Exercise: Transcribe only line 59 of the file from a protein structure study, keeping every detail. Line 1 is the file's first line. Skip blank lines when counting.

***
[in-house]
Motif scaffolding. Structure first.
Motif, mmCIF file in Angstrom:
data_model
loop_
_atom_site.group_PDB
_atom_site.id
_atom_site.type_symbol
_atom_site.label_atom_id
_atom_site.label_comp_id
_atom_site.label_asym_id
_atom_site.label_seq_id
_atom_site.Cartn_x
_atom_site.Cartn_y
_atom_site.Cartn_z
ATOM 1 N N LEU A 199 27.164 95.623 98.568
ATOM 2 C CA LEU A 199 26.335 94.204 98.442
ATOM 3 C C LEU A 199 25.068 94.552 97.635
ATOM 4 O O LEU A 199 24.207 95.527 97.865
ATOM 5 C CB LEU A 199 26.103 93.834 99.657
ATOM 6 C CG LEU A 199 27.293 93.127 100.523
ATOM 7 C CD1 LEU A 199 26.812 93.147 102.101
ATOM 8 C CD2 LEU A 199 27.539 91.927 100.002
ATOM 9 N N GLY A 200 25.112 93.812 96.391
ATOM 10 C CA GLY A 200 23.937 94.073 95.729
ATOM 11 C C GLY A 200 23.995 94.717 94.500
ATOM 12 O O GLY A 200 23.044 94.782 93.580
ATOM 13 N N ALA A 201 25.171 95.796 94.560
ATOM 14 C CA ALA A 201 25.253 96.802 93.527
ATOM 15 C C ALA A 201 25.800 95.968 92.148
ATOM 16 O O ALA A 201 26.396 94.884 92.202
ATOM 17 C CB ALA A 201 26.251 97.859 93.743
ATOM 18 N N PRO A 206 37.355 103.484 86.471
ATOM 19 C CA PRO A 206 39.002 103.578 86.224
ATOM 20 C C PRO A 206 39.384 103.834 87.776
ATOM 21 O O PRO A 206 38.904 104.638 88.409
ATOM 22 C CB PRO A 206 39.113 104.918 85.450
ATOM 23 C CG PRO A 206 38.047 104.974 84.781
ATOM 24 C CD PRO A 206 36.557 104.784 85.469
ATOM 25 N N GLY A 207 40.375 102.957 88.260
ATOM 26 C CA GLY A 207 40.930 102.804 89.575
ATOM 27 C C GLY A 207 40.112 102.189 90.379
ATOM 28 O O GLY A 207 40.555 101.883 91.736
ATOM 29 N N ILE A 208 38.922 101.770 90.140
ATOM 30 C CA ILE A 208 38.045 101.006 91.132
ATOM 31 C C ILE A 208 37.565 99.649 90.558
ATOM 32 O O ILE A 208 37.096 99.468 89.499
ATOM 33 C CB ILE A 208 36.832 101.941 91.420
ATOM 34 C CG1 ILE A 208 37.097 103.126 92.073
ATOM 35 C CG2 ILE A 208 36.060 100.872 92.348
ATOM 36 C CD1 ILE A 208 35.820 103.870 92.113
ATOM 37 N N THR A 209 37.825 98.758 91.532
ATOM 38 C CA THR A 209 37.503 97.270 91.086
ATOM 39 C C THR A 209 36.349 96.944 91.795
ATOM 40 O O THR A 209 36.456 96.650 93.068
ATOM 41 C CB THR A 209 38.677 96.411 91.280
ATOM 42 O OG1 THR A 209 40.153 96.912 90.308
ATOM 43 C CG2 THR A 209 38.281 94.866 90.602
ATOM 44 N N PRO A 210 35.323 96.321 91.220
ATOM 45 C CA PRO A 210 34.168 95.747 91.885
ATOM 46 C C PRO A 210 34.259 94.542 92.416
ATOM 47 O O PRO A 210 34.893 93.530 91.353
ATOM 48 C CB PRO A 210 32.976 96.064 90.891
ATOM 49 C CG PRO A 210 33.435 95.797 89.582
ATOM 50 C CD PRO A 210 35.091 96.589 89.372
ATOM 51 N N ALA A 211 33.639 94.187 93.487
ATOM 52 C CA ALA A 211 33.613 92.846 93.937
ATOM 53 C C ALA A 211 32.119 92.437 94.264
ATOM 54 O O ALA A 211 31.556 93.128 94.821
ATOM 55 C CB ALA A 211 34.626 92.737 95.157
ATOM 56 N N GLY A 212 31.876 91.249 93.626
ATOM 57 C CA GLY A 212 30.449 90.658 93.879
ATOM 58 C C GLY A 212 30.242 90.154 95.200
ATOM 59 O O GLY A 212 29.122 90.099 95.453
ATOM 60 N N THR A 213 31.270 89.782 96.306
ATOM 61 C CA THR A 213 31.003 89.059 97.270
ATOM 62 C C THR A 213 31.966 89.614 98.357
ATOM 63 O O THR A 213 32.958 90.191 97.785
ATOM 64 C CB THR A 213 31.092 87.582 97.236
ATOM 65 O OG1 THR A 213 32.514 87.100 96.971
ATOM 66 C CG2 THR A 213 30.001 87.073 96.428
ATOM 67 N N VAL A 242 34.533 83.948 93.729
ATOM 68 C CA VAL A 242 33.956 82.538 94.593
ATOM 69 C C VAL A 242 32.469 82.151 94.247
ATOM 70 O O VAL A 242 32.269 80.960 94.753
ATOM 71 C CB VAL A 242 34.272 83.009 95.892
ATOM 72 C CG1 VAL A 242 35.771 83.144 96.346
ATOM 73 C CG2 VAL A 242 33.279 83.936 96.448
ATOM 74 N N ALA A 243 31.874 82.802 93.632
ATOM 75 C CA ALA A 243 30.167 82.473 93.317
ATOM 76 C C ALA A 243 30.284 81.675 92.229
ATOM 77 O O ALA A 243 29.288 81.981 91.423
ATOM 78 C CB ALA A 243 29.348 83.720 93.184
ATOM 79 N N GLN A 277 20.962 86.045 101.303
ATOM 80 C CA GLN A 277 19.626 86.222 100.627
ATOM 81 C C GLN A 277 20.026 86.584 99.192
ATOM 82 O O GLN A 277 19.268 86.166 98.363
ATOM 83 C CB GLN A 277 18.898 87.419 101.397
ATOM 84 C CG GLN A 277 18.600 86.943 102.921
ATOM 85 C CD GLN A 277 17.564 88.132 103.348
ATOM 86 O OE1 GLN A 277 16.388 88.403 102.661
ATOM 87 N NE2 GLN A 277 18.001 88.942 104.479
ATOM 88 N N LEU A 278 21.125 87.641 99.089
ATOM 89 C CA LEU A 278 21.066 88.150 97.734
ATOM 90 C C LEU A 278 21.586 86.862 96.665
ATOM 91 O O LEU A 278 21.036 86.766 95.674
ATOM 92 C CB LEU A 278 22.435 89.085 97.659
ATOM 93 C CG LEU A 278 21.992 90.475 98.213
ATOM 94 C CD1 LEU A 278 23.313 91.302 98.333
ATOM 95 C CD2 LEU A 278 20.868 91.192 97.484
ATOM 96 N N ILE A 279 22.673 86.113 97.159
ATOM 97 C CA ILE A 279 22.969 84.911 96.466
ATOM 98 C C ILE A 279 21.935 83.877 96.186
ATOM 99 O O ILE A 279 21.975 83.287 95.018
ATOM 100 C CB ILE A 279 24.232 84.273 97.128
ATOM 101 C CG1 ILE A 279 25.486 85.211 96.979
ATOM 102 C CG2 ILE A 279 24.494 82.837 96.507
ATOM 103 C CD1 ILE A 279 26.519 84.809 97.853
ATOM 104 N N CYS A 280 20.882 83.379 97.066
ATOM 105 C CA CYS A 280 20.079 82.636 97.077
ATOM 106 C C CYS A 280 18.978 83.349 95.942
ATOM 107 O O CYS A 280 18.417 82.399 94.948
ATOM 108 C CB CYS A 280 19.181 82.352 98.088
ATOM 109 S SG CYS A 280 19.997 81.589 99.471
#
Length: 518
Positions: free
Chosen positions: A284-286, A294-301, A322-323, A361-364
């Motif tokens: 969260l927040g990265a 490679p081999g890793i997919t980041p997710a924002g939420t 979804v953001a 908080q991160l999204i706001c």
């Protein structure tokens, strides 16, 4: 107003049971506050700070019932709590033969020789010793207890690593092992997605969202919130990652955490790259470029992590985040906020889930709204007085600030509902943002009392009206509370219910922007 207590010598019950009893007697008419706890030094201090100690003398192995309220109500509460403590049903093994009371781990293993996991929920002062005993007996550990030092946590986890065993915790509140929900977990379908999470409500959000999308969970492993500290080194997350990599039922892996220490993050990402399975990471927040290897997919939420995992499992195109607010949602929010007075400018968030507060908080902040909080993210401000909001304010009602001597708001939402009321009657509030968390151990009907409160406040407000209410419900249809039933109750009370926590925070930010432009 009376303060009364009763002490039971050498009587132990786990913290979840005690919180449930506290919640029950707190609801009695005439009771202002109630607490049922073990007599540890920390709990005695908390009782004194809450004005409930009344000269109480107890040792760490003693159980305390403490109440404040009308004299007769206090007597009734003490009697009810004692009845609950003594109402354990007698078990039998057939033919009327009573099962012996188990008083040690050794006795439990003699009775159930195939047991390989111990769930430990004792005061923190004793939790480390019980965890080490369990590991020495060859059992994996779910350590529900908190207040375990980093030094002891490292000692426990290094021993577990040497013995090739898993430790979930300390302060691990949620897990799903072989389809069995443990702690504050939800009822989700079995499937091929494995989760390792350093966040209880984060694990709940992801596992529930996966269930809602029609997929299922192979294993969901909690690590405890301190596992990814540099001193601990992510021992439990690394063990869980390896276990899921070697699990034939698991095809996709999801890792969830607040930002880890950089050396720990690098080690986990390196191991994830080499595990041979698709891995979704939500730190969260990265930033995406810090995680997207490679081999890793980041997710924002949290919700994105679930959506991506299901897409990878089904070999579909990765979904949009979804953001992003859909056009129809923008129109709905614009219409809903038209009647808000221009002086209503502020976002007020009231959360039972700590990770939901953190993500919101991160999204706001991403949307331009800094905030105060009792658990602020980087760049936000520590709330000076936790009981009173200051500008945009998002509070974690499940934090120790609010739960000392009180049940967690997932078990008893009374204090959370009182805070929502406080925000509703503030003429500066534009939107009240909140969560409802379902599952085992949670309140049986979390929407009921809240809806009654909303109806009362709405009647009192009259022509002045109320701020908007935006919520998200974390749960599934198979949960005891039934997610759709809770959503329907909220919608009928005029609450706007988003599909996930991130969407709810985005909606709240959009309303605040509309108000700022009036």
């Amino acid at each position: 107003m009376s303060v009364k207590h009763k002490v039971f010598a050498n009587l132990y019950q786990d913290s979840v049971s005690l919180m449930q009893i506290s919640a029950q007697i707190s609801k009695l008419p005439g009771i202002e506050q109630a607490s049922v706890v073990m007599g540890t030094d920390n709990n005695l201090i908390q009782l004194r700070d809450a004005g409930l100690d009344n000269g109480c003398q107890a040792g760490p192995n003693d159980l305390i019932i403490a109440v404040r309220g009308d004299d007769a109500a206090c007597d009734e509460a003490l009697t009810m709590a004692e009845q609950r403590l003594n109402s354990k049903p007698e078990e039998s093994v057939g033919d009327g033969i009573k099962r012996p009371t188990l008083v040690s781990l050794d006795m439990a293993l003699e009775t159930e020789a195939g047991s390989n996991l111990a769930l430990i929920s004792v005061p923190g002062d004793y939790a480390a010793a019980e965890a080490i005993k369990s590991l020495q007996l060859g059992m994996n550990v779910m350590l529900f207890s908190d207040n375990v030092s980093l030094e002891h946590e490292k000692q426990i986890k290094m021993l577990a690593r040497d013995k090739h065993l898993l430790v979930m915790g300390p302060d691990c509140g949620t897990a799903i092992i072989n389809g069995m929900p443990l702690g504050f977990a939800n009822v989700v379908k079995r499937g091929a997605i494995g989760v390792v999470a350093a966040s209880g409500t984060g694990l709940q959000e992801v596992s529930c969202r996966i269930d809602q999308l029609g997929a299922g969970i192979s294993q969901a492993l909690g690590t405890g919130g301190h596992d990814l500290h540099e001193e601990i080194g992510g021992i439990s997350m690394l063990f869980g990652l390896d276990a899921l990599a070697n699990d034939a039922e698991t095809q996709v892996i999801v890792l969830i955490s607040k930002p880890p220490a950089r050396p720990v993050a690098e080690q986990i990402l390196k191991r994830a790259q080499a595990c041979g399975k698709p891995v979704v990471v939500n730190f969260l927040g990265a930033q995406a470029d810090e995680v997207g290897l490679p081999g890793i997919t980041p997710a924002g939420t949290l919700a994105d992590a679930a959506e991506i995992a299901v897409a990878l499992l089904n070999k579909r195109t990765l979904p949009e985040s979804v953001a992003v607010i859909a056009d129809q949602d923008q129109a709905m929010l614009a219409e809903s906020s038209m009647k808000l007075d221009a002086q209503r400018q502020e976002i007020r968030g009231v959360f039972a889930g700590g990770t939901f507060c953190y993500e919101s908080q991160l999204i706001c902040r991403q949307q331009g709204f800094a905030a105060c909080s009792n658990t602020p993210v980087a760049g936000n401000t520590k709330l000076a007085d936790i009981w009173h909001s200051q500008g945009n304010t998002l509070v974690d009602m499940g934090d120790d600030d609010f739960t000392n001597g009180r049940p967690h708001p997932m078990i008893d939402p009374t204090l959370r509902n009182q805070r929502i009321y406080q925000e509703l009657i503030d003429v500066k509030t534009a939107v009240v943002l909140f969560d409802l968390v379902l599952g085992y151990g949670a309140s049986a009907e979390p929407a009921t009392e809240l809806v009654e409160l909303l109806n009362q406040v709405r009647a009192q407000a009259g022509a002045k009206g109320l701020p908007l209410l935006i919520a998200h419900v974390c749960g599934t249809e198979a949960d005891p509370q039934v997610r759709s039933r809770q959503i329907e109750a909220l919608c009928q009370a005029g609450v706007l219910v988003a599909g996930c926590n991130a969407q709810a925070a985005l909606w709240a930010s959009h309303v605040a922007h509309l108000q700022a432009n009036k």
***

ATOM 44 N N PRO A 210 35.323 96.321 91.220